WE KILLED MORE POOR PEOPLE!

Holland Has Had Enough: Killing of Innocent Civilians Goes On Apace in Afghanistan

Who benefits from this war? What does the "winner" get?

by Dave Lindorff
Originally published in This Can't Be Happening earlier today, 22 February 2010

The challenge now is for the US peace movement to throw off its narcoleptic embrace of the Democratic Party and of President Obama, to take heart from the Dutch people, and to demand that the US too end its useless and expensive war making around the globe.

The civilian death toll in the celebrated Battle of Marjah is now up to 19, a third of them children. But that’s only part of this ugly story.

While the slaughter goes on in this pointless display of Marine power, civilians have been dying at American hands elsewhere in Afghanistan. On Thursday a US airstrike allegedly targeting “insurgents” ended up hitting and killing seven Afghani policemen. And yesterday, another airstrike, this time on a “convoy” of three vehicles, killed an astonishing 33 civilians and injured 12 more--and given the vicious nature of American weaponry, it’s a fair bet that many of those who were injured will end up dying of their wounds too.

Nice work Gen. Stanley McChrystal. Your newly professed “concern” about protecting civilians is working out nicely.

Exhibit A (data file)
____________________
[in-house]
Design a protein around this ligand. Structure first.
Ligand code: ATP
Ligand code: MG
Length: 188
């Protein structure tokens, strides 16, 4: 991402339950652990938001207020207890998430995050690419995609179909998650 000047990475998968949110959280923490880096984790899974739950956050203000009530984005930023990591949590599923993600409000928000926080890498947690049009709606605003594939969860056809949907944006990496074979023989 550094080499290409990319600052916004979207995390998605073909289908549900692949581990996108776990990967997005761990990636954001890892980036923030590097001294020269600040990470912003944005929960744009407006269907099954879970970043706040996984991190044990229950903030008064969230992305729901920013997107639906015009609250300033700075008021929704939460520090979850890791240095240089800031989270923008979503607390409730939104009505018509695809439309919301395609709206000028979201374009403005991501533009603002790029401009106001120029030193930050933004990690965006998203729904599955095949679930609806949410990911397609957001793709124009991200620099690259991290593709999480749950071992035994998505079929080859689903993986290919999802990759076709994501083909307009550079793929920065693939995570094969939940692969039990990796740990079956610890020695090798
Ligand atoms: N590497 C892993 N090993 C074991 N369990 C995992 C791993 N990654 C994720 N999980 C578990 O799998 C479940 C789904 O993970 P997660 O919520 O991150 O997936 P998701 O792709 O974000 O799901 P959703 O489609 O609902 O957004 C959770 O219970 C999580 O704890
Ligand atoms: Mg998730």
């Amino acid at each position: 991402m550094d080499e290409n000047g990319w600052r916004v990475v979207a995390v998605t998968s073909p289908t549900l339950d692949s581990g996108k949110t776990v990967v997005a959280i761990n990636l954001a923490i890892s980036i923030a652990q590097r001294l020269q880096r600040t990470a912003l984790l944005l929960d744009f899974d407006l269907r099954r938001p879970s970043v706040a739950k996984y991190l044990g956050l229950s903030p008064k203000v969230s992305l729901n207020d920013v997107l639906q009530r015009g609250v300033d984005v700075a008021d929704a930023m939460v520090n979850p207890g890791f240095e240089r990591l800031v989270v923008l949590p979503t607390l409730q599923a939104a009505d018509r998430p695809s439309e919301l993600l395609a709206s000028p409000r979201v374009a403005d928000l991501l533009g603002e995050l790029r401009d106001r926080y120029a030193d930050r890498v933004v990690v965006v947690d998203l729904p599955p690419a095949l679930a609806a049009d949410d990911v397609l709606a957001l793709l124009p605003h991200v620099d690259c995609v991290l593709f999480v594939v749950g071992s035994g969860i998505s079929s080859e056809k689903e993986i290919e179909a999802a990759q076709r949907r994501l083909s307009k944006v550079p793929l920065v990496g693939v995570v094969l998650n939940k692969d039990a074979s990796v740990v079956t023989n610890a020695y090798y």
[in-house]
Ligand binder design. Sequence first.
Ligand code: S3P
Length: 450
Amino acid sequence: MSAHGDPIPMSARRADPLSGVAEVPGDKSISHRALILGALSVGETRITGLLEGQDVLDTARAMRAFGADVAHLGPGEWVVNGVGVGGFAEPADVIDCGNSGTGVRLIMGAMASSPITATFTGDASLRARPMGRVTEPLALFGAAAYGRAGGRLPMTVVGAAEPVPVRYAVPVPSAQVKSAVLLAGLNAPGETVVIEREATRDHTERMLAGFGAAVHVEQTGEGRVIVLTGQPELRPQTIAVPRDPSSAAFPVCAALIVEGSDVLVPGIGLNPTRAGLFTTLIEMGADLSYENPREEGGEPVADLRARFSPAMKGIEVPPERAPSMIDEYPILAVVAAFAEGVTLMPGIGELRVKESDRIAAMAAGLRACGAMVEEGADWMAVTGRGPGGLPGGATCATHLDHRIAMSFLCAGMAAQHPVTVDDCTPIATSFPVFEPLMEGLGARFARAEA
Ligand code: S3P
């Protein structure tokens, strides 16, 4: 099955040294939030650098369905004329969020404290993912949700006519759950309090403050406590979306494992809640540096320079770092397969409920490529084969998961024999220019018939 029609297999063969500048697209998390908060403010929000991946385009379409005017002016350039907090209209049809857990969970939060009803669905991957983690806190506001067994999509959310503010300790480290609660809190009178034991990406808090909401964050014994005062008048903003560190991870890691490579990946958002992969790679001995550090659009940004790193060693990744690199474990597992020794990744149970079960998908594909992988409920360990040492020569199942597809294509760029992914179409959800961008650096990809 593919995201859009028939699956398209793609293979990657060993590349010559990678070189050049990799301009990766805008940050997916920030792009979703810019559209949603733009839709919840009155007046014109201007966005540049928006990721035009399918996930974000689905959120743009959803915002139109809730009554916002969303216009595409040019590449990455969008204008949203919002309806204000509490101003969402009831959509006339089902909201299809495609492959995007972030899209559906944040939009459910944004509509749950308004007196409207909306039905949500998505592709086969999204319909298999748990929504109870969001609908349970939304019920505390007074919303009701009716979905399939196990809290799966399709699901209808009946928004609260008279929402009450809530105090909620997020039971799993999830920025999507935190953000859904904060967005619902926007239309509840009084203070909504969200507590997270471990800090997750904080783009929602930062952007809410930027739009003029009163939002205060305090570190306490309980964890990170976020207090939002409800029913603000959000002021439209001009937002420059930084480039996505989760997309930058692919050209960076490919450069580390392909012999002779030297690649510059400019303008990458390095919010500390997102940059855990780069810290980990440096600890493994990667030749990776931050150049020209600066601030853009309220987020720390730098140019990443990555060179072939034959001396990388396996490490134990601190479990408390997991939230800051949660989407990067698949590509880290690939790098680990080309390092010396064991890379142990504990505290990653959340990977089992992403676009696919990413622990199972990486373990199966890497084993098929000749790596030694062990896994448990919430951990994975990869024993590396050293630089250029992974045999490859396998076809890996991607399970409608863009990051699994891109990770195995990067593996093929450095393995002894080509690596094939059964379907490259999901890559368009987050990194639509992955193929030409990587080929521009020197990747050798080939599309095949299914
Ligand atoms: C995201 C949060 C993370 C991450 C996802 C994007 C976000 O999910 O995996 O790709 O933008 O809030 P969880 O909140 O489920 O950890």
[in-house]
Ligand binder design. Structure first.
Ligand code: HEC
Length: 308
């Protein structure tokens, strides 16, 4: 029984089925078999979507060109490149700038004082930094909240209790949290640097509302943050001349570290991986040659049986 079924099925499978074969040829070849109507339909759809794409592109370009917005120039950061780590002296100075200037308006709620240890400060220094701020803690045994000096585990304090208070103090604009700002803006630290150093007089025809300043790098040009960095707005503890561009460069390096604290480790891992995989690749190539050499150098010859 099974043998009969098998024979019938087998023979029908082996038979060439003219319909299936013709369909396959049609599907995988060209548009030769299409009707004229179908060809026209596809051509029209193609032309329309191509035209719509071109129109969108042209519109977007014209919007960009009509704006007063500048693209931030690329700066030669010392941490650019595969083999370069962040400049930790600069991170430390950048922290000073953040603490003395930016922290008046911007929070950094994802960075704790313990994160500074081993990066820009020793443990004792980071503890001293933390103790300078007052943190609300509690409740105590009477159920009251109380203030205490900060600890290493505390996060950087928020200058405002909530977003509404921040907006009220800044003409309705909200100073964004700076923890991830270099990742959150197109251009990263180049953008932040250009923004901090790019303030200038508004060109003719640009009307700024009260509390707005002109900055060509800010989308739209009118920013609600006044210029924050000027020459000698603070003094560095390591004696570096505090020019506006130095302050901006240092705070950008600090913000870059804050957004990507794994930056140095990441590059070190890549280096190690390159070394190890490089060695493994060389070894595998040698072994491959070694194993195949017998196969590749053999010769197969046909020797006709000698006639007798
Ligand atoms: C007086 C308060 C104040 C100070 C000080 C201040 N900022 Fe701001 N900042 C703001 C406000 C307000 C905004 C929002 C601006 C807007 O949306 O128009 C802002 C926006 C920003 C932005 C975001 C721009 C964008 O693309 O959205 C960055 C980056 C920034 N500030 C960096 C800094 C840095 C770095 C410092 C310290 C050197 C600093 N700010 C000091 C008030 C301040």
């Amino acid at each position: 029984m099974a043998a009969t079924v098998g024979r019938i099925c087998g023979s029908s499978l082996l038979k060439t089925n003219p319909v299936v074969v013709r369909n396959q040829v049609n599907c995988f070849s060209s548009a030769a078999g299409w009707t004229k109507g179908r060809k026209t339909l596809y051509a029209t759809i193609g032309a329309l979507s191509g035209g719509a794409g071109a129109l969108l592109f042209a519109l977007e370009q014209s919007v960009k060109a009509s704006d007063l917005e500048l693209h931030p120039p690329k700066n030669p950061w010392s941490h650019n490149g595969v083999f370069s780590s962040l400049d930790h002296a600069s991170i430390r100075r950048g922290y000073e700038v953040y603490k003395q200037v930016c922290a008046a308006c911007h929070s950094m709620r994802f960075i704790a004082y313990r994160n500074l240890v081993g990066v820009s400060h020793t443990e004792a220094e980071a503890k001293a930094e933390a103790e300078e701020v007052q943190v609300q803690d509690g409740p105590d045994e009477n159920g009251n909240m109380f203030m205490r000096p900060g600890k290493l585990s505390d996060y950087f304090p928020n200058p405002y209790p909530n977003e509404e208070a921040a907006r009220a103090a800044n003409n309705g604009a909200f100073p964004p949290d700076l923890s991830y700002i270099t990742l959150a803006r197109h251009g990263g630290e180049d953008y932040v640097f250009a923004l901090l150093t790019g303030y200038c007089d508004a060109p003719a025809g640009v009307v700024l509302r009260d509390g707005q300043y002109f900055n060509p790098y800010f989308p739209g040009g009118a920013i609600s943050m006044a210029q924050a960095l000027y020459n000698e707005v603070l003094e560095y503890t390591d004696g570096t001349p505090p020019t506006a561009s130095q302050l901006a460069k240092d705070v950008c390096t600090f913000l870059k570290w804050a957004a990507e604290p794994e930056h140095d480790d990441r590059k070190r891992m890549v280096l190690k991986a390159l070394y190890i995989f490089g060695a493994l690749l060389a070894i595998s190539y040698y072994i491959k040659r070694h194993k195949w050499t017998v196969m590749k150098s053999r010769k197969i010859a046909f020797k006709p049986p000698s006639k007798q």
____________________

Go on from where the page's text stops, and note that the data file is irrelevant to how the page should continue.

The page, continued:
True to form, Gen. McChrystal’s response to these murderous outrages has not been to call for investigations and courts martial of those responsible for the deaths, but rather to express his concern that “inadvertently killing or injuring civilians undermines their [the Afghan people’s] trust and confidence in our mission.”

Ah, the “mission.”

Oh yeah, this general who earned his rep running a huge death squad operation in Iraq, says he’s also “extremely saddened by the tragic loss of innocent lives.” What he didn’t say though, was that he is that he is extremely angry that American forces are continuing to shoot first and ask questions later, or that he plans to call some people on the carpet and strip some badges off them to ensure compliance with his orders to protect civilians.

Why would this be?